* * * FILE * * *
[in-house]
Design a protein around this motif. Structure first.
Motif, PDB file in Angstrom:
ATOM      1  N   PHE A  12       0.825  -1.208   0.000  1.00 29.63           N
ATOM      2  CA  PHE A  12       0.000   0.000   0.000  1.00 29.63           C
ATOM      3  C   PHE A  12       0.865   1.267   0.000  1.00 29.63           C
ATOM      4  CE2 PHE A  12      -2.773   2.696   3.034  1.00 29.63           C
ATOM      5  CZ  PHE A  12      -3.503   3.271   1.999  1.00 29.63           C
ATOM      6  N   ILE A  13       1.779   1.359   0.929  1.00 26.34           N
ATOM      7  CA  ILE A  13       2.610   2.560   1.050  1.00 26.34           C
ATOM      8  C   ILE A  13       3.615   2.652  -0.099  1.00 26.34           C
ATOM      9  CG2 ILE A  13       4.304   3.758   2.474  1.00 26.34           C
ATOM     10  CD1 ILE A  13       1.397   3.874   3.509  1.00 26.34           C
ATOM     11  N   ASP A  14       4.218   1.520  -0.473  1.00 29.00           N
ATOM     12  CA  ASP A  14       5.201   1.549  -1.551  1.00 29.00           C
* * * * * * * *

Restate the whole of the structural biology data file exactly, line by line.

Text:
[in-house]
Design a protein around this motif. Structure first.
Motif, PDB file in Angstrom:
ATOM      1  N   PHE A  12       0.825  -1.208   0.000  1.00 29.63           N
ATOM      2  CA  PHE A  12       0.000   0.000   0.000  1.00 29.63           C
ATOM      3  C   PHE A  12       0.865   1.267   0.000  1.00 29.63           C
ATOM      4  CE2 PHE A  12      -2.773   2.696   3.034  1.00 29.63           C
ATOM      5  CZ  PHE A  12      -3.503   3.271   1.999  1.00 29.63           C
ATOM      6  N   ILE A  13       1.779   1.359   0.929  1.00 26.34           N
ATOM      7  CA  ILE A  13       2.610   2.560   1.050  1.00 26.34           C
ATOM      8  C   ILE A  13       3.615   2.652  -0.099  1.00 26.34           C
ATOM      9  CG2 ILE A  13       4.304   3.758   2.474  1.00 26.34           C
ATOM     10  CD1 ILE A  13       1.397   3.874   3.509  1.00 26.34           C
ATOM     11  N   ASP A  14       4.218   1.520  -0.473  1.00 29.00           N
ATOM     12  CA  ASP A  14       5.201   1.549  -1.551  1.00 29.00           C